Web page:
Saturday, March 17, 2007


Why I quit Blockbuster Total Access

I gave Blockbuster's Total Access program a shot. Despite early problems, I continued to give it the benefit of the doubt. But now I'm done. This afternoon, I cancelled my Blockbuster Total Access subscription.

If I had never tried an online DVD rental service before, this divorce might not have happened. But because of my mostly positive, long-term relationship with Netflix, I was able to compare two services against each other.

The comparison to Netflix is where Blockbuster has largely failed, a notion that should particularly concern Blockbuster marketing executives. The lion's share of their current advertising campaign is clearly aimed at current Netflix users, encouraging them to switch. They may be driving a lot of trials, but my guess is that most long-time Netflix users will ultimately stay put.

Why? Here are my five reasons:

Slow Turnaround Time
With Netflix, your next selection is chosen and typically in the mail within hours of its confirmed receipt at the distribution center. Blockbuster promises turnaround within 24 hours on a business day, and they typically take ALL of that time. For example, Blockbuster confirmed receipt of one movie for me yesterday (Friday) morning, but by the end of the day hadn't shipped out a new movie. I'll now have to wait until Monday for that movie to ship, meaning it won't arrive until Tuesday or Wednesday. The Netflix movie would have shipped yesterday, and arrived today.

Low Inventory at Distribution Centers
Too many movies I want from Blockbuster aren't available at the Seattle distribution center, and therefore need to be shipped from more remote distribution centers (lengthening the turnaround time even further). What's worse, it appears that even the local distribution centers have fewer copies of many catalog movies than similar Netflix distribution centers, meaning the movies you want are stretched across more inquiring subscribers.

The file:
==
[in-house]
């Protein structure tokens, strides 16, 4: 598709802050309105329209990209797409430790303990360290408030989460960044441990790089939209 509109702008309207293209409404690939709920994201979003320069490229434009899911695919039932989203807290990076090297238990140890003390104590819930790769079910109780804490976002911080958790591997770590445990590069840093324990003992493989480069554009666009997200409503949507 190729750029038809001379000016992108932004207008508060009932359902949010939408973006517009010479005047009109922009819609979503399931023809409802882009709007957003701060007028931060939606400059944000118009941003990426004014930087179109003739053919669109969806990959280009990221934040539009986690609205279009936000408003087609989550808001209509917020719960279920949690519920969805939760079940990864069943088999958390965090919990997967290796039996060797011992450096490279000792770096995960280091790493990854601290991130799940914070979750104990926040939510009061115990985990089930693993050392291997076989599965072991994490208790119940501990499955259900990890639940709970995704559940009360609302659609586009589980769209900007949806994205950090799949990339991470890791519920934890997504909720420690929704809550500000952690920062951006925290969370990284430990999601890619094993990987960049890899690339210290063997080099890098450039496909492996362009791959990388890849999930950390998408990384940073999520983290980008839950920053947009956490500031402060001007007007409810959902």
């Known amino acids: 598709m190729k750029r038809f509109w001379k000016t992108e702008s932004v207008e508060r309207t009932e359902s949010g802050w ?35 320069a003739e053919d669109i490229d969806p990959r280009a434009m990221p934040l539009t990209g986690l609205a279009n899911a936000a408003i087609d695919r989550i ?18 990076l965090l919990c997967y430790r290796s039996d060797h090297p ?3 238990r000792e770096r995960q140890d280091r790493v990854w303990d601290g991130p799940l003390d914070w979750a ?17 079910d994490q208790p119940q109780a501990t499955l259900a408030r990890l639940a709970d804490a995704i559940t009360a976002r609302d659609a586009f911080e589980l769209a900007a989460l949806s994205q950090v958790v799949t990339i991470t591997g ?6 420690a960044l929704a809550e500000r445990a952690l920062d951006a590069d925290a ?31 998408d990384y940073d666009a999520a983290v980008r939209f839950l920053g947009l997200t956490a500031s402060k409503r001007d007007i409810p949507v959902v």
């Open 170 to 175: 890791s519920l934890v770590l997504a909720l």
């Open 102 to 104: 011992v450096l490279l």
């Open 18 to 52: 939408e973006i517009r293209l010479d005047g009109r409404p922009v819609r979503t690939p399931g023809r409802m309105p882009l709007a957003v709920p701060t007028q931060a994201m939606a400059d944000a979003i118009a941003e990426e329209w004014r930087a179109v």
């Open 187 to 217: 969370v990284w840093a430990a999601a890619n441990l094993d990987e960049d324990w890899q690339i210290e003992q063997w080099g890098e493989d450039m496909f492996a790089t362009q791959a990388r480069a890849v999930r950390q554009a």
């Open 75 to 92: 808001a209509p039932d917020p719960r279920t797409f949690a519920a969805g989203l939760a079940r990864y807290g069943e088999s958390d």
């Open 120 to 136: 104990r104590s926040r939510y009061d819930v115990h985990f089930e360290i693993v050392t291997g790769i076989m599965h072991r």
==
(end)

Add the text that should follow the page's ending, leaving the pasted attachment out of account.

Worst Inventory at Retail Locations
Blockbuster retail locations are heavy on new releases, and very light on catalog movies. Blockbuster's "in-store return" policy counts on the fact that the returning customer will want new release movies. If your interests go beyond the mainstream, good luck.

Aggressive Retail Upsell
I realize Blockbuster's "in-store return" policy relies heavily on point-of-sale upsell. It's a good strategy. Problem is, it's also annoying. The poor guy at the check-out counter typically walks through 3-4 different offers before he lets me take home my new movie. It's not hard to say "no" 3-4 times, but it gets annoying visit after visit.

Not Enough Differentiated Value to Switch
At the end of the day, Netflix is still a superior product. They have fast turnaround, ample inventory at most of their well-located distribution centers, and typically plenty of new release inventory to ensure that those movies get out to customers quickly. In my mind, these benefits outweigh the incremental reasons to switch to Blockbuster. More movies, available faster, and at far greater convenience to me.

Are these reasons why Blockbuster's Total Access program will ultimately fail? Absolutely not. It's a good rental program, and a good value for families and other more casual movie watchers. But I question the current focus on switching Netflix users. That strategy, in my opinion, will ultimately prove unsuccessful.


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